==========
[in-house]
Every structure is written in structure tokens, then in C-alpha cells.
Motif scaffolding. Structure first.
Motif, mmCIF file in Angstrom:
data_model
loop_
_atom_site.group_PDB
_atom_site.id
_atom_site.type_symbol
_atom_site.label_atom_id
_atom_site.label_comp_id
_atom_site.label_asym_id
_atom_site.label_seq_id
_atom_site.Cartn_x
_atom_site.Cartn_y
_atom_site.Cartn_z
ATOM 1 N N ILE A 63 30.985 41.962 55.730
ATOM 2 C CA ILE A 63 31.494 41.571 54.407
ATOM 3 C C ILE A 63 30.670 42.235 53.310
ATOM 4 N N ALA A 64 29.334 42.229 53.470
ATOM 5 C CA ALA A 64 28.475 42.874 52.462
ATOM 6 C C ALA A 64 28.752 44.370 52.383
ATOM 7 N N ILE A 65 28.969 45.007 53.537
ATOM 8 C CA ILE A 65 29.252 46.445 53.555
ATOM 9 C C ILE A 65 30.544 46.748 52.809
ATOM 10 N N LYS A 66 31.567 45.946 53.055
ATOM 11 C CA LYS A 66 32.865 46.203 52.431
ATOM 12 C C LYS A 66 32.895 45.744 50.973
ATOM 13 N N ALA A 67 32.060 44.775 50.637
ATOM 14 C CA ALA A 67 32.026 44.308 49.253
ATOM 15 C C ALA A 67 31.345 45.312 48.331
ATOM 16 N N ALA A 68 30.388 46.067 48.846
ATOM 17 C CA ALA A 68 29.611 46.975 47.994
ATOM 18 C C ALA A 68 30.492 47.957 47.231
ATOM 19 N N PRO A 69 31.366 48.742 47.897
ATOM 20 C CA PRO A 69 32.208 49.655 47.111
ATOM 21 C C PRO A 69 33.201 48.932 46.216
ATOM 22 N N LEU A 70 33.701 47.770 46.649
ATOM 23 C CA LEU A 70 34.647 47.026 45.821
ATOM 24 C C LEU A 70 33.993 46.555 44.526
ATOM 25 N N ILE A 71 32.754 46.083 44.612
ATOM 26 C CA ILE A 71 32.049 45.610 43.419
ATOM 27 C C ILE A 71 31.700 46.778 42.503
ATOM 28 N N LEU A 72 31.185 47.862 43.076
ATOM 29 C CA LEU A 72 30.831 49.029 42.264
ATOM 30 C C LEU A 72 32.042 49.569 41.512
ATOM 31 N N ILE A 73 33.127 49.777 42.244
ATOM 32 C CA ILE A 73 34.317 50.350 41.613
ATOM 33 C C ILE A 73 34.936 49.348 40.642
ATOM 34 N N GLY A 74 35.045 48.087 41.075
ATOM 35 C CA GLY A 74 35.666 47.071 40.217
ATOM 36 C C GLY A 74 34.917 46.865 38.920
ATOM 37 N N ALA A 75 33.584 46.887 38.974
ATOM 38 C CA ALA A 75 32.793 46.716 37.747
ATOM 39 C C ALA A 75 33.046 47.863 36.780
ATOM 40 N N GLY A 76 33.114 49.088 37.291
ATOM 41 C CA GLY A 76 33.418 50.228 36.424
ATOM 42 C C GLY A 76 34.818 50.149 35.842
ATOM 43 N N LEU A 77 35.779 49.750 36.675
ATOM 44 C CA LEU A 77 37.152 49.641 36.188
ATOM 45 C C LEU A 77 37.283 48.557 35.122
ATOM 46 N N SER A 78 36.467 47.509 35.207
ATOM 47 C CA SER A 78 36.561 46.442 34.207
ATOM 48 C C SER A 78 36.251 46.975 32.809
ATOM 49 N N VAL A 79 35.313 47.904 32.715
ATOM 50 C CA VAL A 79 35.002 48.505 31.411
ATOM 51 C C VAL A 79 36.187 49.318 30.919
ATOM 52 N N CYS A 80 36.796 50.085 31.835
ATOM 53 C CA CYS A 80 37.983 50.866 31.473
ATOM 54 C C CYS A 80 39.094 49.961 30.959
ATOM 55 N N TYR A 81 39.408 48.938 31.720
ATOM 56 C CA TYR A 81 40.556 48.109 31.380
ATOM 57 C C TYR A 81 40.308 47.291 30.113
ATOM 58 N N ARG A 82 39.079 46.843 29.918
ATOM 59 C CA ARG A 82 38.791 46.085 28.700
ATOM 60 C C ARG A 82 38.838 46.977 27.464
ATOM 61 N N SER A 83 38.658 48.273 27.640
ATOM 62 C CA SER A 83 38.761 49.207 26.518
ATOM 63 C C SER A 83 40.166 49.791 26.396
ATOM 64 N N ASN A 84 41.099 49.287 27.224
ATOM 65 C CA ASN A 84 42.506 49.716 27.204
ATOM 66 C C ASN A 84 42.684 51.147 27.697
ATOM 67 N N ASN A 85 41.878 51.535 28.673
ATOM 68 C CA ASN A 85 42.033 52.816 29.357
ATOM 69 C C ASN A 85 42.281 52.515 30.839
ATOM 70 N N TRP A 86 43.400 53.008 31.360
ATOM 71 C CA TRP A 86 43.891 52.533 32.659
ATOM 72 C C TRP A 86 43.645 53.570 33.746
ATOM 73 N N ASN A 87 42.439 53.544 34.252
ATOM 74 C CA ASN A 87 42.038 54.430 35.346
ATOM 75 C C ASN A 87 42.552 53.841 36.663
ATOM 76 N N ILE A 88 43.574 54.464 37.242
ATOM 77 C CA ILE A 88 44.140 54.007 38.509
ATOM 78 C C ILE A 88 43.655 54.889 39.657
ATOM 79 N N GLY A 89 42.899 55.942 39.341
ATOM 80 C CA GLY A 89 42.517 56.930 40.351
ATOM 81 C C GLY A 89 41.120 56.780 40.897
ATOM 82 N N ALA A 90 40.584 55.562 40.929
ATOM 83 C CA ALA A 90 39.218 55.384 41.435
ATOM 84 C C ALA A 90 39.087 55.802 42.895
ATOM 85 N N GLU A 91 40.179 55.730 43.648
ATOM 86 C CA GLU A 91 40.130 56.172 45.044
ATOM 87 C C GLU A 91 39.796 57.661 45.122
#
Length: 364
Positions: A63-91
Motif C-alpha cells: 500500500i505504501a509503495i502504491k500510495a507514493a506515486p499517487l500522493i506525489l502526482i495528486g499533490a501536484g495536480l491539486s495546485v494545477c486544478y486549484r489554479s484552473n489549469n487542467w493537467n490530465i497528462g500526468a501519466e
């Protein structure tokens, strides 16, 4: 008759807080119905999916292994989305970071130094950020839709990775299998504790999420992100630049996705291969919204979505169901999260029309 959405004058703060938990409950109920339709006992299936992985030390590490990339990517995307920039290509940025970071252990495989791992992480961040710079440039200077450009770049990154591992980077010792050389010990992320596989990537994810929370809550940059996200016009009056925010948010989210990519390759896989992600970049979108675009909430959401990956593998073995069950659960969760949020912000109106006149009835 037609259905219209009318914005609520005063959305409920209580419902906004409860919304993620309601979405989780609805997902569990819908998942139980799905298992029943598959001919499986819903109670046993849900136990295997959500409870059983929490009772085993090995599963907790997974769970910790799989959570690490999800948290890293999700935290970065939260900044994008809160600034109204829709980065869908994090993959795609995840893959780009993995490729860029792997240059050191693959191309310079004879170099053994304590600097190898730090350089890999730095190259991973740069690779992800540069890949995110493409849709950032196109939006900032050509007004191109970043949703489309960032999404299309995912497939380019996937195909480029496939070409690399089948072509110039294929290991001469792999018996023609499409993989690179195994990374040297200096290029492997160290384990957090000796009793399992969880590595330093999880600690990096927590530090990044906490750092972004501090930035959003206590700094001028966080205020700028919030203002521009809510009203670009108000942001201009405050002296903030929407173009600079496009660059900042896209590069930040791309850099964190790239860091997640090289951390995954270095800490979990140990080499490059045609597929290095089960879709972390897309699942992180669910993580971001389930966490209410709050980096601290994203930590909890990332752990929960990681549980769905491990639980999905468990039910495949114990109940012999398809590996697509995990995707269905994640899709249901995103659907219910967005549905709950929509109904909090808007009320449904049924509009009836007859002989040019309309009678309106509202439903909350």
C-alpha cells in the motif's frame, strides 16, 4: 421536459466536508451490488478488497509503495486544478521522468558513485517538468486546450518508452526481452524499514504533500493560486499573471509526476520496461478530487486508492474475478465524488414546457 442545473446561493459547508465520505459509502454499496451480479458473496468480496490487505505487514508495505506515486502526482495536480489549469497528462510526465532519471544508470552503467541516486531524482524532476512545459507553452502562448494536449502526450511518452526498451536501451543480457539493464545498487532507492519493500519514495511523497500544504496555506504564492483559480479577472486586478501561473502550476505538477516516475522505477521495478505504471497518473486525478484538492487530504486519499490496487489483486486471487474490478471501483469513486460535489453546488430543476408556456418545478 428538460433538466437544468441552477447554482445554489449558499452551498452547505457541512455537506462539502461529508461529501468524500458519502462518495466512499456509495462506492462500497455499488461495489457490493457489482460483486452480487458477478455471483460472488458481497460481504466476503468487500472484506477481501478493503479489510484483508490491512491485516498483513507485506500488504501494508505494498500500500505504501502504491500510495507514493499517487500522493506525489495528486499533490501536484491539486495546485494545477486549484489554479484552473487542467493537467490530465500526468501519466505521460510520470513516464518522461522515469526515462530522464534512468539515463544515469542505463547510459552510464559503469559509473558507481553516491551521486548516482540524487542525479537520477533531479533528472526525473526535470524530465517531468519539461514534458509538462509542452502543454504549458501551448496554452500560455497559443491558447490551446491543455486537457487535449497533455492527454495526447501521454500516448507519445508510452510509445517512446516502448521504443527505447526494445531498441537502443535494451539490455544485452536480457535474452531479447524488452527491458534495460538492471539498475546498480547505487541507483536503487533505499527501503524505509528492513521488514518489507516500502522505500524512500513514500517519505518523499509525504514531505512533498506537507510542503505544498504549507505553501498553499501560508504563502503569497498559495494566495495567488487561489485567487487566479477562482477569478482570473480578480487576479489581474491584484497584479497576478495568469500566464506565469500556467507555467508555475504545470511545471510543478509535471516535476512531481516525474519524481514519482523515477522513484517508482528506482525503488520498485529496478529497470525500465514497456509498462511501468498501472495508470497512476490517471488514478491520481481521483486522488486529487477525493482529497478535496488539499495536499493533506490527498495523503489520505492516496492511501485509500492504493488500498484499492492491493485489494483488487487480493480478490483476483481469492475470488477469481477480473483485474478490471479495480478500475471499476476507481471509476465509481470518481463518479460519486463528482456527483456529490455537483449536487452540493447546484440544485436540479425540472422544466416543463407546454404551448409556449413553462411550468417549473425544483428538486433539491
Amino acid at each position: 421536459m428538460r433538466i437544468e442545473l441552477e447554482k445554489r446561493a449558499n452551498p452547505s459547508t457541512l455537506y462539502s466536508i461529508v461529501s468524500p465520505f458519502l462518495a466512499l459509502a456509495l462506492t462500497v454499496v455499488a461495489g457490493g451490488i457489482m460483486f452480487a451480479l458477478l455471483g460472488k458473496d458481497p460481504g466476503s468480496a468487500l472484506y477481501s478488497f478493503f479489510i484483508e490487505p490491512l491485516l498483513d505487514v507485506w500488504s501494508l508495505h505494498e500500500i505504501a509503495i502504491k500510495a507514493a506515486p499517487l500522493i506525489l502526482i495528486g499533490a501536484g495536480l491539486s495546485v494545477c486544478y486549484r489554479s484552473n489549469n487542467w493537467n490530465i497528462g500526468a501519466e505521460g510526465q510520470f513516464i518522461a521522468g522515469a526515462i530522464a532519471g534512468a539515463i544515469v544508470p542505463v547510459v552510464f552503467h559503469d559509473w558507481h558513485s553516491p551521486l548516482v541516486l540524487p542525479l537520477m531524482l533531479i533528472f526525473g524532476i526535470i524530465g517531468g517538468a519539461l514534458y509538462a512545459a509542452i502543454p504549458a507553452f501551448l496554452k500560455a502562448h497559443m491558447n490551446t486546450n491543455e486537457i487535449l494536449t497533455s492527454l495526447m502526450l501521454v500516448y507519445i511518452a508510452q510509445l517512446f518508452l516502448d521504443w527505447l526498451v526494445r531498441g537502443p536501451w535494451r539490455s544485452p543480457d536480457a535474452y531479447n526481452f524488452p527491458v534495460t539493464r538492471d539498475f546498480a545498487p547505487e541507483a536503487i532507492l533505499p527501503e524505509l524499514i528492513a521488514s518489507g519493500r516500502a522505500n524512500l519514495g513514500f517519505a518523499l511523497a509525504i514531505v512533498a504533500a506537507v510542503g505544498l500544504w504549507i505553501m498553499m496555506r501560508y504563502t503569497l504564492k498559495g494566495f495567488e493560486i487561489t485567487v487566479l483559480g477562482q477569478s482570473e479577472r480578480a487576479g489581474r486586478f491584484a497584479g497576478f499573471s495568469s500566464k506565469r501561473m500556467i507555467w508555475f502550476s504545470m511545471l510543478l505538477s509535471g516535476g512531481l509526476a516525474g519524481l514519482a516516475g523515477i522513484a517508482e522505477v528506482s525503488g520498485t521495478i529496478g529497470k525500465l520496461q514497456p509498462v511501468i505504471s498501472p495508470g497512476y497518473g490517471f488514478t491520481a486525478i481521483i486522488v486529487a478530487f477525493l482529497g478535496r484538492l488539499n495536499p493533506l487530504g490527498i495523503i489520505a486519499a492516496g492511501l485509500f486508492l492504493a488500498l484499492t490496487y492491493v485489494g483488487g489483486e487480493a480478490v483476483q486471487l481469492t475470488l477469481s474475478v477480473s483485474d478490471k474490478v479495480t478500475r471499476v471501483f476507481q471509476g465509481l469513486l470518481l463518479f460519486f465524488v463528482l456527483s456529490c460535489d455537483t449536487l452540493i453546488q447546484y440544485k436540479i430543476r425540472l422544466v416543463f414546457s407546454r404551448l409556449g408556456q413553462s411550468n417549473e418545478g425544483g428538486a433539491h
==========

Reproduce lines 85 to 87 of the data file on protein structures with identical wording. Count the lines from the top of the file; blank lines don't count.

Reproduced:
ATOM 69 C C ASN A 85 42.281 52.515 30.839
ATOM 70 N N TRP A 86 43.400 53.008 31.360
ATOM 71 C CA TRP A 86 43.891 52.533 32.659